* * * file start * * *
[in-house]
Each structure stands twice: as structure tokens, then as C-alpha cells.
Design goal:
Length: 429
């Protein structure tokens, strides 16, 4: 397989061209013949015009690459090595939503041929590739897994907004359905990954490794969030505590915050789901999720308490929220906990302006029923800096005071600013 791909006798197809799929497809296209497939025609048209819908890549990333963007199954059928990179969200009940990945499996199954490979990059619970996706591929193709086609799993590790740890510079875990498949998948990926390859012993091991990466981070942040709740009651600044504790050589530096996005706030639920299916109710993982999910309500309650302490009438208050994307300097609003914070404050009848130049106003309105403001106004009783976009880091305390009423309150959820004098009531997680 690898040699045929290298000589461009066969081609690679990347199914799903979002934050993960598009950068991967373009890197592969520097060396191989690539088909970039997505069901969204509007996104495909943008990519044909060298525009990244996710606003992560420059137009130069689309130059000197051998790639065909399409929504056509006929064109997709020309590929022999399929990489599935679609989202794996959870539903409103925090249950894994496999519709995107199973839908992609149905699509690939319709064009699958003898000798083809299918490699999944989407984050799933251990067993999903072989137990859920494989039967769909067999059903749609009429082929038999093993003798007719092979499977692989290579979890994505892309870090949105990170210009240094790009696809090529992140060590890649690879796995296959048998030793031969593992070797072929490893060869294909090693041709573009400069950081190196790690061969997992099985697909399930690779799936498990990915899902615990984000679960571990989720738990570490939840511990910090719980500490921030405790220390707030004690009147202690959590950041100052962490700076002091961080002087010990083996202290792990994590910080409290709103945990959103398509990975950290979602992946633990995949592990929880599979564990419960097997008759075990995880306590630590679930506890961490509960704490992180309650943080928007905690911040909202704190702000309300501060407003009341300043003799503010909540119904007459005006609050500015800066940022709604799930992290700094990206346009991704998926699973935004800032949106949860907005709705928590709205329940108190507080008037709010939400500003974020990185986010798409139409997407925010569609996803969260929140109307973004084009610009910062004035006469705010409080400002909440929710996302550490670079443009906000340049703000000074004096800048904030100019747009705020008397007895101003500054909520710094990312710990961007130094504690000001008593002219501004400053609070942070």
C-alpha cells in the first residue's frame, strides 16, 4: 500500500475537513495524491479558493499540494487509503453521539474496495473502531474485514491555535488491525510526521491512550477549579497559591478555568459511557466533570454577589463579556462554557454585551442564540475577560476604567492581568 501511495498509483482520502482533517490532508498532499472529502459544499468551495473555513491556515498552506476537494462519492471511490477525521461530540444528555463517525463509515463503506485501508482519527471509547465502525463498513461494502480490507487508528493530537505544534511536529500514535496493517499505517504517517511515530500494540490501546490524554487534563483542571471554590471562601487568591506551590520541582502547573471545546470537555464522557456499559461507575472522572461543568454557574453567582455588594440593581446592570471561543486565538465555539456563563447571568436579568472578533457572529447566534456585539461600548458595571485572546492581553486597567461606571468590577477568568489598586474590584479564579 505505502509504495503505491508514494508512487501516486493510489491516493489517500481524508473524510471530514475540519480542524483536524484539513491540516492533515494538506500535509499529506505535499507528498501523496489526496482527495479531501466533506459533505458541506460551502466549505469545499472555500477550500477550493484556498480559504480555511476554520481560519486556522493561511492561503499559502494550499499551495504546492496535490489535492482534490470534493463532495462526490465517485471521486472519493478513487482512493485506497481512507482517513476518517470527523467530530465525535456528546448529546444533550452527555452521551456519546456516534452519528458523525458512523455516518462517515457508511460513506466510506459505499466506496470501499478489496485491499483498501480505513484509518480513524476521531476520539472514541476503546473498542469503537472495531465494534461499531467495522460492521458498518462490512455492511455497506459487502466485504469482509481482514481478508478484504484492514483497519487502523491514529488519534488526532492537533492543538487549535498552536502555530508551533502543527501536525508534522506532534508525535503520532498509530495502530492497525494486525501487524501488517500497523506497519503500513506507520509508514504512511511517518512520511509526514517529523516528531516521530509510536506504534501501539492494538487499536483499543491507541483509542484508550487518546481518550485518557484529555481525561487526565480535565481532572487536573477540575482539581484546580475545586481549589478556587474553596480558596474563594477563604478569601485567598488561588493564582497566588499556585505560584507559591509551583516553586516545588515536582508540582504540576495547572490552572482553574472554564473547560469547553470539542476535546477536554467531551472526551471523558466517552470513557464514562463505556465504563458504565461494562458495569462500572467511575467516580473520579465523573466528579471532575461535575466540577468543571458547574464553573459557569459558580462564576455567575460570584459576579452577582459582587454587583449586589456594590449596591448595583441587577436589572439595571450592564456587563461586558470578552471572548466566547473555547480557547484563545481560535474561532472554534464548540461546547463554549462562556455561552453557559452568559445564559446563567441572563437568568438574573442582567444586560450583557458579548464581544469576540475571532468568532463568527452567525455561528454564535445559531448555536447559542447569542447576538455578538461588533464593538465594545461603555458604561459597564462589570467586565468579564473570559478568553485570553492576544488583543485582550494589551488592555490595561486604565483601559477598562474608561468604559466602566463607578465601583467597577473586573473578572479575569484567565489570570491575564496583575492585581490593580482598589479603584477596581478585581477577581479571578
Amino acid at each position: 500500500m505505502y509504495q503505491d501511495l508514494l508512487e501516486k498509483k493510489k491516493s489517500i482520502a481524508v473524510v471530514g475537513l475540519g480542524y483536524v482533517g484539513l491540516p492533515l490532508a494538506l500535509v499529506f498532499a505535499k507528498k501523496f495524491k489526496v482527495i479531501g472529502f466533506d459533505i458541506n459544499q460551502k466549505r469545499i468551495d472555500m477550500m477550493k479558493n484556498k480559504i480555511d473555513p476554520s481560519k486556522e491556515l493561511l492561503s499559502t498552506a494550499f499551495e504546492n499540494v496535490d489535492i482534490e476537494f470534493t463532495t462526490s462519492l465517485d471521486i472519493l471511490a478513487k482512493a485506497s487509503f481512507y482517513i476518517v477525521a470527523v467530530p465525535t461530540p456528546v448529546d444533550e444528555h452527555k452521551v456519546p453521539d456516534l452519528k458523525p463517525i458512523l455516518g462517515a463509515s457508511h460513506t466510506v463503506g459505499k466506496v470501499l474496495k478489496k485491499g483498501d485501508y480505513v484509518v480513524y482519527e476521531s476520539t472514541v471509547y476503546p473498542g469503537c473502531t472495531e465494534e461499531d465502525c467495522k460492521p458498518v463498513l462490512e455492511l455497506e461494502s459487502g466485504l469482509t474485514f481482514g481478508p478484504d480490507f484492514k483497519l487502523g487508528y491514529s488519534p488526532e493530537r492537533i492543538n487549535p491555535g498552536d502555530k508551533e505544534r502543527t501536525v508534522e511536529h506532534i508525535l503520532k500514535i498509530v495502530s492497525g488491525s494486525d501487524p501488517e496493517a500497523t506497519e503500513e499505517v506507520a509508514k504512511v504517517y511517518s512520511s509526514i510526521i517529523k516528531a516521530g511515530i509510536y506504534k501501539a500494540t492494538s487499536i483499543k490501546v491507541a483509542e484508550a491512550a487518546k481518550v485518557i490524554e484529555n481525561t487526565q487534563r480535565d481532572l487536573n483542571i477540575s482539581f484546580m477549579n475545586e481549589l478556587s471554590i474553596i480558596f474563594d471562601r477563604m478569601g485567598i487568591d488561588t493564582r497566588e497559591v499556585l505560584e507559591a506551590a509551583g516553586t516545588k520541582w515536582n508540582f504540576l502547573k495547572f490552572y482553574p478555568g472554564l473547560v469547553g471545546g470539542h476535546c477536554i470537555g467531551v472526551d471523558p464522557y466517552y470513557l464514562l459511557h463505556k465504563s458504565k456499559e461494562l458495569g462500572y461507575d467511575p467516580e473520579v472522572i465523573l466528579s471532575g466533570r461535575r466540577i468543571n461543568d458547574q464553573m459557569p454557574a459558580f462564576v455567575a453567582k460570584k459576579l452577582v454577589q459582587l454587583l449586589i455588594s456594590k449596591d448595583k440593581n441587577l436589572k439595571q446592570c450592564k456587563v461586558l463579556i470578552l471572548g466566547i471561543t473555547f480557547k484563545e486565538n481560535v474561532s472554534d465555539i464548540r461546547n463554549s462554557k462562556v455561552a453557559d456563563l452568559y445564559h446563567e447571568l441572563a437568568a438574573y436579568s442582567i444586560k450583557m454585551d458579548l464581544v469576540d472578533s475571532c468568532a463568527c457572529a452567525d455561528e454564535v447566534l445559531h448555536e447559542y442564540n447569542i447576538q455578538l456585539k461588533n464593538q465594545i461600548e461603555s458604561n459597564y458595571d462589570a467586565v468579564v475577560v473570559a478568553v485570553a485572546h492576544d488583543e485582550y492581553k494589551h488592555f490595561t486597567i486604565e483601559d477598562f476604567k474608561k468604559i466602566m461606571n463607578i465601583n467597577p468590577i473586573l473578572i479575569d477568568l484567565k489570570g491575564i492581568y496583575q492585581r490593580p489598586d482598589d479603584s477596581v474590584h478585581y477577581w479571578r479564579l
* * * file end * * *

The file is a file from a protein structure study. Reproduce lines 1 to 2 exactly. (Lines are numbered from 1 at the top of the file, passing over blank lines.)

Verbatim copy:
[in-house]
Each structure stands twice: as structure tokens, then as C-alpha cells.